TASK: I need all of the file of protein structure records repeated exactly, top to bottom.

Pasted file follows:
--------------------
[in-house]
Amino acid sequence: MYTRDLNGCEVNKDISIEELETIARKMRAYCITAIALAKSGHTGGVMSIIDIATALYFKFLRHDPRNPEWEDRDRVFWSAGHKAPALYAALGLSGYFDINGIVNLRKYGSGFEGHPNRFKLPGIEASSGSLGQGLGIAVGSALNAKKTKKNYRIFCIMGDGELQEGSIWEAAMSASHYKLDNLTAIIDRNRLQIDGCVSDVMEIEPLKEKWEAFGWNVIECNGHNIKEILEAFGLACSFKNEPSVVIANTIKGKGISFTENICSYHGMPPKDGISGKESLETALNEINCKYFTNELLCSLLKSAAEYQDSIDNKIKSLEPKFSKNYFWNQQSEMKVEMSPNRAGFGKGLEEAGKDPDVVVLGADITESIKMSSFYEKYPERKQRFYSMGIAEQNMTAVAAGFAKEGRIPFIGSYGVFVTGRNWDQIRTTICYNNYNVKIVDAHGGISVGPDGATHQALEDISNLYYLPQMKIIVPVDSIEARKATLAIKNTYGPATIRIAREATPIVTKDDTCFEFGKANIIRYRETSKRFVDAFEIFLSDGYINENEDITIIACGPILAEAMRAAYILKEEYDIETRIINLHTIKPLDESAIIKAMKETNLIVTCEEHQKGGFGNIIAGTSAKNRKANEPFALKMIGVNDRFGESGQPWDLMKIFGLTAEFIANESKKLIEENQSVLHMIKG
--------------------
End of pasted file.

[in-house]
Amino acid sequence: MYTRDLNGCEVNKDISIEELETIARKMRAYCITAIALAKSGHTGGVMSIIDIATALYFKFLRHDPRNPEWEDRDRVFWSAGHKAPALYAALGLSGYFDINGIVNLRKYGSGFEGHPNRFKLPGIEASSGSLGQGLGIAVGSALNAKKTKKNYRIFCIMGDGELQEGSIWEAAMSASHYKLDNLTAIIDRNRLQIDGCVSDVMEIEPLKEKWEAFGWNVIECNGHNIKEILEAFGLACSFKNEPSVVIANTIKGKGISFTENICSYHGMPPKDGISGKESLETALNEINCKYFTNELLCSLLKSAAEYQDSIDNKIKSLEPKFSKNYFWNQQSEMKVEMSPNRAGFGKGLEEAGKDPDVVVLGADITESIKMSSFYEKYPERKQRFYSMGIAEQNMTAVAAGFAKEGRIPFIGSYGVFVTGRNWDQIRTTICYNNYNVKIVDAHGGISVGPDGATHQALEDISNLYYLPQMKIIVPVDSIEARKATLAIKNTYGPATIRIAREATPIVTKDDTCFEFGKANIIRYRETSKRFVDAFEIFLSDGYINENEDITIIACGPILAEAMRAAYILKEEYDIETRIINLHTIKPLDESAIIKAMKETNLIVTCEEHQKGGFGNIIAGTSAKNRKANEPFALKMIGVNDRFGESGQPWDLMKIFGLTAEFIANESKKLIEENQSVLHMIKG